In the first article of this series, we looked at how corporate-level cybersecurity was burdened by overwhelming inputs. In the second article, we explored a connected security strategy, learning how a unified, open approach to cybersecurity management could clear the fog of war.
Now, it's time to put those learnings to work and define the key features needed for an integrated security platform that can help streamline operations while catching incursions more effectively.
Our goals are ambitious:
- A comprehensive view of the entire defensive posture with the ability to drill down to any event
- Visibility across security tools, generating insights from an holistic view
- Automation to reduce IT workloads and thwart easier-to-defend attacks
- Freedom to optimize human resources and devote them to the most important tasks
To achieve these goals, we've identified seven key features to look for in an open security solution.
1. Ability to scan across cloud instances and combine data in a single console
Your organization is using multiple cloud resources across many different vendor environments, with employees often jumping from cloud to cloud hundreds of times a day.
With so much invested in these SaaS (software-as-a-service) and IaaS (infrastructure-as-a-service) offerings, the need to protect cloud data and operations is paramount. As you look at integrated security solutions, be sure to look for one that has modules or plugins for the popular cloud services.
Having to check services like IBM Cloud, AWS, Azure, and Google Cloud individually wastes time and resources, plus it creates more siloes. But if anomaly data could be brought in from each of these (and the boatload of additional services most companies use), aggregated, and presented in a single environment, security professionals could identify high-priority issues quickly and keep ahead of incidents.
2. Open architecture and APIs to ensure that all current and future point security solutions may be incorporated
You need to aggregate data from all your security tools in order to harness the power of your integrated dashboard. Open architecture ensures that any new tools you adopt will 'play nicely' in that environment. Communication will be occurring across the various security points, which requires well-defined and versatile APIs, reliable data interchanges, and data formats that are unencumbered by proprietary protocols.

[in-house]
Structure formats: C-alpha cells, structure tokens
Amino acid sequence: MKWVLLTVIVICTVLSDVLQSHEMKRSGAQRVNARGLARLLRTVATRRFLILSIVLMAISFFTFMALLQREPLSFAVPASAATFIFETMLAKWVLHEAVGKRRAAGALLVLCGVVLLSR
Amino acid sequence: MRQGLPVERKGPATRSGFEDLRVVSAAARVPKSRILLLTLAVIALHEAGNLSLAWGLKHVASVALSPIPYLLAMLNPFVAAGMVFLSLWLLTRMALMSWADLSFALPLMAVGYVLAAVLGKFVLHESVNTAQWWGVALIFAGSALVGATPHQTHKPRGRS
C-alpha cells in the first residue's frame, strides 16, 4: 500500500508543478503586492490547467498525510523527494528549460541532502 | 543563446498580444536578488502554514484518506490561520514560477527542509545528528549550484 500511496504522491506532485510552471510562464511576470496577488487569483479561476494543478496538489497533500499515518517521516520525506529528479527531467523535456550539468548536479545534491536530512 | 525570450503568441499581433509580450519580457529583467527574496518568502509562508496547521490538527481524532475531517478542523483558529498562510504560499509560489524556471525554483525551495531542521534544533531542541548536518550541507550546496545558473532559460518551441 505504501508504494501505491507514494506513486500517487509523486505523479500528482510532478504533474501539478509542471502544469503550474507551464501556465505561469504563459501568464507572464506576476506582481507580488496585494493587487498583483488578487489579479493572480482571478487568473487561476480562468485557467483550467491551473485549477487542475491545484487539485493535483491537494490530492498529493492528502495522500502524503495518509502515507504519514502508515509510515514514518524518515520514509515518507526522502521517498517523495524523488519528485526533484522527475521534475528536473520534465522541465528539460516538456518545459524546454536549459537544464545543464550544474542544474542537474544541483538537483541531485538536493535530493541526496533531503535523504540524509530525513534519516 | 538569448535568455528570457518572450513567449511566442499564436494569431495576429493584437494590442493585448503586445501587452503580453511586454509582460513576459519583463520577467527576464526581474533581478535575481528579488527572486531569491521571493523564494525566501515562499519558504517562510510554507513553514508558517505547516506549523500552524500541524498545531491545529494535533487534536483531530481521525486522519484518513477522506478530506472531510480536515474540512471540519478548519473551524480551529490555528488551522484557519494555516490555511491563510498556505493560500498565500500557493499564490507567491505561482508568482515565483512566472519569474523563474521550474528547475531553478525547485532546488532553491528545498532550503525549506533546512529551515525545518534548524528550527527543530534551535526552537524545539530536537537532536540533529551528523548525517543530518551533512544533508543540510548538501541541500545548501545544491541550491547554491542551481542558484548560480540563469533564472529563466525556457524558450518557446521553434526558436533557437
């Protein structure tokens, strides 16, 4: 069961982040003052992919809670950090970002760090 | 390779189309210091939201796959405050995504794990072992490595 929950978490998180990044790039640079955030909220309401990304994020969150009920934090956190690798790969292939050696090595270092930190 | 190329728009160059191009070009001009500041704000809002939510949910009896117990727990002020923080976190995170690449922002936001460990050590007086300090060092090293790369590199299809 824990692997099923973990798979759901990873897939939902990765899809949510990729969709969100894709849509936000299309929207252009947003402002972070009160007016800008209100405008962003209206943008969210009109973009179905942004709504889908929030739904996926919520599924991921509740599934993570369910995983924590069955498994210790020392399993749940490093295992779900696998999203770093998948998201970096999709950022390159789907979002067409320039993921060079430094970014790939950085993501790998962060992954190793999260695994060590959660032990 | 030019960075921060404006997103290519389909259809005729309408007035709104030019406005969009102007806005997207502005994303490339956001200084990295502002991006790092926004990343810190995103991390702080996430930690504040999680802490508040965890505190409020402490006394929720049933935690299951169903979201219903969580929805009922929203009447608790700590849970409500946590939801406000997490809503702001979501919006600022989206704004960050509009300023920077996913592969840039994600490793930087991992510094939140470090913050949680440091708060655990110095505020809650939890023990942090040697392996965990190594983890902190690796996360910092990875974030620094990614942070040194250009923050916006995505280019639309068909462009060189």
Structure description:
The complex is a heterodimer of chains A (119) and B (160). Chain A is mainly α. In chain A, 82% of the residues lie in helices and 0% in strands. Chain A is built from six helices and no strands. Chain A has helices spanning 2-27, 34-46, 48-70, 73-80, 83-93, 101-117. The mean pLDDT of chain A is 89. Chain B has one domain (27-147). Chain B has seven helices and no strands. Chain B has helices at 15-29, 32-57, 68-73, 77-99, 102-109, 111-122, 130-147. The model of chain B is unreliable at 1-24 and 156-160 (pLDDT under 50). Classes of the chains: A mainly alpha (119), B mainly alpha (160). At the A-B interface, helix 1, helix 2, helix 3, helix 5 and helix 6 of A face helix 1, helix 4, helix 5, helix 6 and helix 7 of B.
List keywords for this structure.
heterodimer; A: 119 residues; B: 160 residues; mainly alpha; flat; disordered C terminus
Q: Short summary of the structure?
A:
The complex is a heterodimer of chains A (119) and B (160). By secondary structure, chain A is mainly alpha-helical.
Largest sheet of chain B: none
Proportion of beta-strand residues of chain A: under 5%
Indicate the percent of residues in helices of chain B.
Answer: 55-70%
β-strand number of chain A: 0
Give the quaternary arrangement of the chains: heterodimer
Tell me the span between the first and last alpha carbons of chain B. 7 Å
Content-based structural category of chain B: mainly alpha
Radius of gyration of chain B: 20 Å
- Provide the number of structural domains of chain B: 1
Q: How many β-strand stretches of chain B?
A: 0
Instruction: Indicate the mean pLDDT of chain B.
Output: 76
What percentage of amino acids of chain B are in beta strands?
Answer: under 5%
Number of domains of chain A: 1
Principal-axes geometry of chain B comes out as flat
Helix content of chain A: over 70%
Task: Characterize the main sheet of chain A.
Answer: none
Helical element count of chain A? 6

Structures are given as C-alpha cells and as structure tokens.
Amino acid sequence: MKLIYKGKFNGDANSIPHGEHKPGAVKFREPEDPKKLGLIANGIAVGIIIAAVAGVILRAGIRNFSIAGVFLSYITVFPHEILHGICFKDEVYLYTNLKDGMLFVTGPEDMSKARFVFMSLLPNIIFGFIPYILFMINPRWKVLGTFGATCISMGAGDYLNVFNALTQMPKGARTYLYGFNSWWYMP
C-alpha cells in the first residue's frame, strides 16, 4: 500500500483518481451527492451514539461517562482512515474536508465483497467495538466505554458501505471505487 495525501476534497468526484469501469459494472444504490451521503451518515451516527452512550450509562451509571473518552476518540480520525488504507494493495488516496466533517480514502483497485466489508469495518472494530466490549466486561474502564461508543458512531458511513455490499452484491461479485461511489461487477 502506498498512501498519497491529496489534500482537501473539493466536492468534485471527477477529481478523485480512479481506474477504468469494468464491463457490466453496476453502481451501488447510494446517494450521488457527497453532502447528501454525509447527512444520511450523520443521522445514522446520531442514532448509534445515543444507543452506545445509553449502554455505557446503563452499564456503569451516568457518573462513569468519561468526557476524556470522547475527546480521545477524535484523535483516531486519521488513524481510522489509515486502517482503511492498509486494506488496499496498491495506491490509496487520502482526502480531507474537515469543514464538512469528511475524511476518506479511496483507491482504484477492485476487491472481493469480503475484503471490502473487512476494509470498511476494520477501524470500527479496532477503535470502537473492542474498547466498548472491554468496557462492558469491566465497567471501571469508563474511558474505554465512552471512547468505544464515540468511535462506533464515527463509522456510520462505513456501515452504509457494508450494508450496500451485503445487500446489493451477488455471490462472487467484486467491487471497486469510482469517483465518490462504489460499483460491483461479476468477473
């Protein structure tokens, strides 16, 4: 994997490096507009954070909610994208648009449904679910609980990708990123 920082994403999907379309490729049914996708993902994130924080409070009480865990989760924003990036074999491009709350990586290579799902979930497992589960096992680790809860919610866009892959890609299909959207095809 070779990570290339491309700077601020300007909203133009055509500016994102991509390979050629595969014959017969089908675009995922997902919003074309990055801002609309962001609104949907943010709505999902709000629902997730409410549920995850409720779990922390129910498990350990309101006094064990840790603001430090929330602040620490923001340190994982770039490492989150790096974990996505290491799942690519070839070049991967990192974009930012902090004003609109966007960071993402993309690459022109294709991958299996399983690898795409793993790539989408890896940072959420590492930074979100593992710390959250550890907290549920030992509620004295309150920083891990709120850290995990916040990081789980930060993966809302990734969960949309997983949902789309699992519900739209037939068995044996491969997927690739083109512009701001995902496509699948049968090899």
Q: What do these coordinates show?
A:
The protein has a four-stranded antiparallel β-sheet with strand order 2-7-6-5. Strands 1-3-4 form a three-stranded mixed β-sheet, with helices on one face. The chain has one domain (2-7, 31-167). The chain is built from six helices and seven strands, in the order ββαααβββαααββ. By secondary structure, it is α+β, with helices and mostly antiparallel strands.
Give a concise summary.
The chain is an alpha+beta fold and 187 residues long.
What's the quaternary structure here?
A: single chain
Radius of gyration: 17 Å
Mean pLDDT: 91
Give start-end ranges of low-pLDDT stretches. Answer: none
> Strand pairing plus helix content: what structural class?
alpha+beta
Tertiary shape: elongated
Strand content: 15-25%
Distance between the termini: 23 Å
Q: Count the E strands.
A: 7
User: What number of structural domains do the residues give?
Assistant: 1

3. Use of data at the source without any need for moving data
We often measure big data by the volume, velocity, and variety of the flow. If you're protecting a geographically dispersed corporate network, data is likely flowing at flood-level volume and at raging-river velocity. If you have to first move all that data to some central analytics silo before you can begin to dissect it, you're adding an enormous load to your network and a substantial delay between event and remediation.
But if you analyze the data at the source, without moving it, you can tap into the data flow and take its temperature as it passes. Any indicators you discover can create events, which – if further analysis is required – divert small subsets of that data flow for further consideration. It's a much more efficient and faster way to sift through vast data flows, while keeping the raw data in place. This would also save you the cost of moving data across various tools.
4. AI to automate analytics and provide greater insight for the SecOps teams
AI and machine learning act as force multipliers for security teams that want to increase insights, improve time-to-discovery, and shrink time of exposure. The vast majority of attacks are not novel; they are similar, if not identical, to previous attack patterns. AI can sift through the flood of attack indicators and catch attack patterns it has seen before. AI can also catch attacks that are similar but not identical. If a malware strain has mutated, machine learning can likely catch it regardless.